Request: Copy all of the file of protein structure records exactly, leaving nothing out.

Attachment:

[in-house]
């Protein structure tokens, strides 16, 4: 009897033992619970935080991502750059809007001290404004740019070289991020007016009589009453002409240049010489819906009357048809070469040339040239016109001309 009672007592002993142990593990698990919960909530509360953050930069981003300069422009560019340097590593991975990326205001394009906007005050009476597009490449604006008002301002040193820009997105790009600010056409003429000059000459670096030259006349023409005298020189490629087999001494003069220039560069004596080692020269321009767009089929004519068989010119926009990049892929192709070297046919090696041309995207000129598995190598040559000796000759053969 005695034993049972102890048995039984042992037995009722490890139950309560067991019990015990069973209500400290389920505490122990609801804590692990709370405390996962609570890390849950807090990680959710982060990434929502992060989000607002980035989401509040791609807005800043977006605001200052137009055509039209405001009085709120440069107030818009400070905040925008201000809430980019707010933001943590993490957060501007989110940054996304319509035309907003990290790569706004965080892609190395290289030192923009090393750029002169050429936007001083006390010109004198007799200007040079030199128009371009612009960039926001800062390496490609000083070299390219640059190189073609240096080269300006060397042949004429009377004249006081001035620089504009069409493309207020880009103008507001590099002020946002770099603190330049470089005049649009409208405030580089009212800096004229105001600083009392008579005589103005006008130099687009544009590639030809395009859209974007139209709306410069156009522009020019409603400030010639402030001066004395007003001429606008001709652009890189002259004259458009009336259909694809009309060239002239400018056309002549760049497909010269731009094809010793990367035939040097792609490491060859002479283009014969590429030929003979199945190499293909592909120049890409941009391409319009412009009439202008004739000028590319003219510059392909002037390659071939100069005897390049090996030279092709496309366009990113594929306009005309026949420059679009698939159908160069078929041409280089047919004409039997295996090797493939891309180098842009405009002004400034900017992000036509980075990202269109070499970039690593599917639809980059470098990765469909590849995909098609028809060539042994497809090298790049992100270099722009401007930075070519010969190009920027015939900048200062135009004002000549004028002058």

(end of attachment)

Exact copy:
[in-house]
């Protein structure tokens, strides 16, 4: 009897033992619970935080991502750059809007001290404004740019070289991020007016009589009453002409240049010489819906009357048809070469040339040239016109001309 009672007592002993142990593990698990919960909530509360953050930069981003300069422009560019340097590593991975990326205001394009906007005050009476597009490449604006008002301002040193820009997105790009600010056409003429000059000459670096030259006349023409005298020189490629087999001494003069220039560069004596080692020269321009767009089929004519068989010119926009990049892929192709070297046919090696041309995207000129598995190598040559000796000759053969 005695034993049972102890048995039984042992037995009722490890139950309560067991019990015990069973209500400290389920505490122990609801804590692990709370405390996962609570890390849950807090990680959710982060990434929502992060989000607002980035989401509040791609807005800043977006605001200052137009055509039209405001009085709120440069107030818009400070905040925008201000809430980019707010933001943590993490957060501007989110940054996304319509035309907003990290790569706004965080892609190395290289030192923009090393750029002169050429936007001083006390010109004198007799200007040079030199128009371009612009960039926001800062390496490609000083070299390219640059190189073609240096080269300006060397042949004429009377004249006081001035620089504009069409493309207020880009103008507001590099002020946002770099603190330049470089005049649009409208405030580089009212800096004229105001600083009392008579005589103005006008130099687009544009590639030809395009859209974007139209709306410069156009522009020019409603400030010639402030001066004395007003001429606008001709652009890189002259004259458009009336259909694809009309060239002239400018056309002549760049497909010269731009094809010793990367035939040097792609490491060859002479283009014969590429030929003979199945190499293909592909120049890409941009391409319009412009009439202008004739000028590319003219510059392909002037390659071939100069005897390049090996030279092709496309366009990113594929306009005309026949420059679009698939159908160069078929041409280089047919004409039997295996090797493939891309180098842009405009002004400034900017992000036509980075990202269109070499970039690593599917639809980059470098990765469909590849995909098609028809060539042994497809090298790049992100270099722009401007930075070519010969190009920027015939900048200062135009004002000549004028002058």